I used to like that the series showed the mundane, but under a microscope. This seems more like someone forget where the microscope is at.

Glen was kinda of cool, if it had been more flushed out. How many boys do you think signed up for Vietnam because they had nothing better to do, or they wanted to be heroes like their fathers were in WWII? I, of course, am referring to early on in the war, not so much when it got so out of hand. I know my dad tried to sign up and my grandpa told him he would shoot him in the family room before he let his son go off to war.

I liked the scene with Betty and her daughter. I liked that they had found some common ground. It was really nice to see. Betty certainly still isn't going to be mother of the year, but what I liked about this scene (especially if you have lost a parent) is that when you look back, once your parent has died, those are the times that you remember, that you hold onto. You know your mom wasn't the greatest, but the part of you that still loves her? That part of you remembers that time at the kitchen table ...

As for Don, I don't know why we are beating the empty apartment over the head. We get the symbolism. His life is just as empty as his apartment. Stop patting yourselves on the back.

I think that is the problem with the show, they are so used to everyone patting them on the back, they don't realize that now it is just "yes men" who are doing the patting. The show has teetered on the edge of being too full of itself for awhile, and I think this episode just caused them to go over the edge.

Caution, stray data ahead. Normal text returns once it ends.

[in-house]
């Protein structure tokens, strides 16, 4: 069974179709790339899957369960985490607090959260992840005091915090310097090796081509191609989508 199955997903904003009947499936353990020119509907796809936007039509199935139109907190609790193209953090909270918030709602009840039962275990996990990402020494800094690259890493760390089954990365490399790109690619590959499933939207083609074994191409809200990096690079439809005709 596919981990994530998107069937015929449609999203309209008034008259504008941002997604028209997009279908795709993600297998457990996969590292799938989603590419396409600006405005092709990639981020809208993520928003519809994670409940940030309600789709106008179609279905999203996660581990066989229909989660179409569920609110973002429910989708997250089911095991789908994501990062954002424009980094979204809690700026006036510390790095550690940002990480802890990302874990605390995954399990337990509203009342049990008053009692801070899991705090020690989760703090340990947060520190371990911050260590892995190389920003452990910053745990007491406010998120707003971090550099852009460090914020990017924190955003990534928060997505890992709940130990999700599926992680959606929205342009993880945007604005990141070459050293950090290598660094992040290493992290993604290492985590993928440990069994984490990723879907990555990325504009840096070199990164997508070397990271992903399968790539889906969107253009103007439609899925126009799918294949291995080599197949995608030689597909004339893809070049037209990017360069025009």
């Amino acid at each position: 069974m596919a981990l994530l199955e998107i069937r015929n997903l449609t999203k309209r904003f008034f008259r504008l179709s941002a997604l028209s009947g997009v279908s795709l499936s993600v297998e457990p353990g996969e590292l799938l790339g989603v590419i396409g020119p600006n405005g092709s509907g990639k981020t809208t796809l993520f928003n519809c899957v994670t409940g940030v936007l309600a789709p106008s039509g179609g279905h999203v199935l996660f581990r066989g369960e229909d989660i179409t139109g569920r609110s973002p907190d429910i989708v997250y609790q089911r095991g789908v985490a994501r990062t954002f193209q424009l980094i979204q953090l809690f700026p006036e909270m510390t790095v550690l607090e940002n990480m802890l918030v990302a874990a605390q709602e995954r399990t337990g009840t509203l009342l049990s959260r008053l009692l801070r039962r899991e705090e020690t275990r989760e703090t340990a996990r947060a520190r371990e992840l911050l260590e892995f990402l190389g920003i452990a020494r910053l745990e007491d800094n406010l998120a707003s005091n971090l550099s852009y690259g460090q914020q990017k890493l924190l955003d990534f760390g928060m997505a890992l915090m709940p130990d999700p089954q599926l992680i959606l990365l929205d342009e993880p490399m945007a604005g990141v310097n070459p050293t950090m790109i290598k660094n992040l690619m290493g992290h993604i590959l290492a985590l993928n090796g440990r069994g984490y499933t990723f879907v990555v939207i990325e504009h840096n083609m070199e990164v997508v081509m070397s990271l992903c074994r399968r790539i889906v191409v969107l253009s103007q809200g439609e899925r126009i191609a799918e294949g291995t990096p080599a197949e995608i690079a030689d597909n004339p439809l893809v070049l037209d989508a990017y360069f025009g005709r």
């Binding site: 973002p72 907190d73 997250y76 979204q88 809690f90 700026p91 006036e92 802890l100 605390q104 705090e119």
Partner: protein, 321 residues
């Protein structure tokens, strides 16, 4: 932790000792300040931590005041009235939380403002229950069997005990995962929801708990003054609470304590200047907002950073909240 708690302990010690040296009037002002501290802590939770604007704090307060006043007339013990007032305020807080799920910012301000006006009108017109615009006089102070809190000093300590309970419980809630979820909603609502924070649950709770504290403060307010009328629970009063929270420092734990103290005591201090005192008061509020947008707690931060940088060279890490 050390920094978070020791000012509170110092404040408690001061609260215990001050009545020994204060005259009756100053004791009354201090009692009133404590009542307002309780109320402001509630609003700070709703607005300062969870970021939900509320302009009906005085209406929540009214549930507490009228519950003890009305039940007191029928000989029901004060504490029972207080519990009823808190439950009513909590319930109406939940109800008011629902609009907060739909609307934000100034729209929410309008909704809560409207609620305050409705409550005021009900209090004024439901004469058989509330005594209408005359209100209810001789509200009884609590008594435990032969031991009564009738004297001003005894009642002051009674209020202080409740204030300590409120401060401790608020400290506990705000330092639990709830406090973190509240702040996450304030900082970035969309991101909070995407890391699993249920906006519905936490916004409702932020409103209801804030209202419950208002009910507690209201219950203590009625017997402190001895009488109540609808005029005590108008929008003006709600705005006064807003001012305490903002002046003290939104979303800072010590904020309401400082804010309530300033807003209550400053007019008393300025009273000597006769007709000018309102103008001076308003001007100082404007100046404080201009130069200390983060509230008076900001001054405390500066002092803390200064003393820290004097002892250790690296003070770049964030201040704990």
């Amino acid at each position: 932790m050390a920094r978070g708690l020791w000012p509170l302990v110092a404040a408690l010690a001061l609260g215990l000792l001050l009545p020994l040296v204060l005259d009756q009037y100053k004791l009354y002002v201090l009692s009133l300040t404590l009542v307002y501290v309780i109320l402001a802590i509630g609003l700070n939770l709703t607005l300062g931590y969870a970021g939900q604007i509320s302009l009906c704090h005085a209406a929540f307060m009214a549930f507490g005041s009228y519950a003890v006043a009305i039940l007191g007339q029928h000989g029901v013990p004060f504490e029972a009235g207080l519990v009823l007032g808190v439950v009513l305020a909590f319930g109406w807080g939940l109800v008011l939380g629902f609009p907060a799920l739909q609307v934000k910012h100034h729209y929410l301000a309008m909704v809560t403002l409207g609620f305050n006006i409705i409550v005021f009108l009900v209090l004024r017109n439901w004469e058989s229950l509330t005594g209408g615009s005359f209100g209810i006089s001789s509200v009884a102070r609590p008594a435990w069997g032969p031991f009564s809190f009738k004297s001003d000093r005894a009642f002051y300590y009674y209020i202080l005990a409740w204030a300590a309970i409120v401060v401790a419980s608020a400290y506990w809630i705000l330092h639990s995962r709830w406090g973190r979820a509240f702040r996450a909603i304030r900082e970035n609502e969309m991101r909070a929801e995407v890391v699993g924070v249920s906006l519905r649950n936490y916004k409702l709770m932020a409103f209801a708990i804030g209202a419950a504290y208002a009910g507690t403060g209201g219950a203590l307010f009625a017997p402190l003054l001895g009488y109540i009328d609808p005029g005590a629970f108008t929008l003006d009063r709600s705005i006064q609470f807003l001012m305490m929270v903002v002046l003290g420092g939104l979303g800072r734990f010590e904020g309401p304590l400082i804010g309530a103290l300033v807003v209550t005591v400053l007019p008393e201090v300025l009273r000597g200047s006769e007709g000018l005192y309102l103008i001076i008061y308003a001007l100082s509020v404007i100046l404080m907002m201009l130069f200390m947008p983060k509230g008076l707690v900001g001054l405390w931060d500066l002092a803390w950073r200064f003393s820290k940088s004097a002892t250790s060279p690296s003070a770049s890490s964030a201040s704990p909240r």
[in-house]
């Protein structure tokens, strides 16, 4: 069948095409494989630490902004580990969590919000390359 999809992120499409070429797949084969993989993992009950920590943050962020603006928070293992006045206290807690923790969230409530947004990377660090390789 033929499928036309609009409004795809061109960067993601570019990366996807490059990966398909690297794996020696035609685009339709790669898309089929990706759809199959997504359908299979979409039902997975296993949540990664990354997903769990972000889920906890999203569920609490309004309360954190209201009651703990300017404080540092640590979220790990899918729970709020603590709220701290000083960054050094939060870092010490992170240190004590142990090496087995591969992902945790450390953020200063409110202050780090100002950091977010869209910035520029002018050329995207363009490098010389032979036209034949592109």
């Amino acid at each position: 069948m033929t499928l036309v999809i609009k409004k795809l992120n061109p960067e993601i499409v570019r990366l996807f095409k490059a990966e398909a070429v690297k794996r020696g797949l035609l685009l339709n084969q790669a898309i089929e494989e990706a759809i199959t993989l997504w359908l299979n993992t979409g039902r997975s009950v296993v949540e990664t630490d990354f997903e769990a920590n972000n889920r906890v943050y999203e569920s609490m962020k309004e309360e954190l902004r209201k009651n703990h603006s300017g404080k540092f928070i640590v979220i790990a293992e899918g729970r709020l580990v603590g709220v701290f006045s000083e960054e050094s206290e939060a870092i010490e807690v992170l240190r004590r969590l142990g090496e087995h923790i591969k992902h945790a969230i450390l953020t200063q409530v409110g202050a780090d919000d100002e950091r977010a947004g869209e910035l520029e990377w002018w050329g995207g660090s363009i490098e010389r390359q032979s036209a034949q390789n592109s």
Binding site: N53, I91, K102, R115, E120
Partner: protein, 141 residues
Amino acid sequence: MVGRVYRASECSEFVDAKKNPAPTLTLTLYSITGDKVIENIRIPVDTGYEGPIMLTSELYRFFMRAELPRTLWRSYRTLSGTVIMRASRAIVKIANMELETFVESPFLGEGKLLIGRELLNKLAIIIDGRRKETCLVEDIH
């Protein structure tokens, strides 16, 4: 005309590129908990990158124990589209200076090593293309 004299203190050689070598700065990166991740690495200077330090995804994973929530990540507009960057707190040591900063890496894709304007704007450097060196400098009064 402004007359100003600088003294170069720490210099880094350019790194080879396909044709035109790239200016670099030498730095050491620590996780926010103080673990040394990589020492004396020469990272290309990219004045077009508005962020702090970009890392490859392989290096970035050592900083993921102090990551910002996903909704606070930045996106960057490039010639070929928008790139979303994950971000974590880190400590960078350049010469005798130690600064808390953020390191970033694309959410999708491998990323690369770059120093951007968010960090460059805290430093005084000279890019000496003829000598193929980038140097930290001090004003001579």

We get it. Don is supposed to be a miserable, lonely, washed-up person. Betty is a bad mom. Looks fade. Men are pigs. The higher ups are so used to having everything that they could want that they don't actually know what to do with themselves anymore. Peggy's dreams of accomplishing something in a man's world is lost on Don and other men in the episode because they have forgotten what it was like to not be allowed to do anything that they want.

What I want, is three better episodes to finish off this series.

Update to my post ...

I also wonder what will happen to Sally and Bobby. I would really like to see some closure on their two lives, however, I know this is difficult because then we would have to a time jump, or flash-forward or what not. I'm not a huge fan of those. They rarely work well and it almost seems like a too easy writing technique to skip over the difficulties with ending a series. Personally, I would love to see a show that picks up 20 years down the road. Sally in her first job, Bobby dealing with mom issues. I think that would be really, really cool.


Tuesday, April 14, 2015

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Awkward 
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The most recent episode of Mad Men is titled "New Business".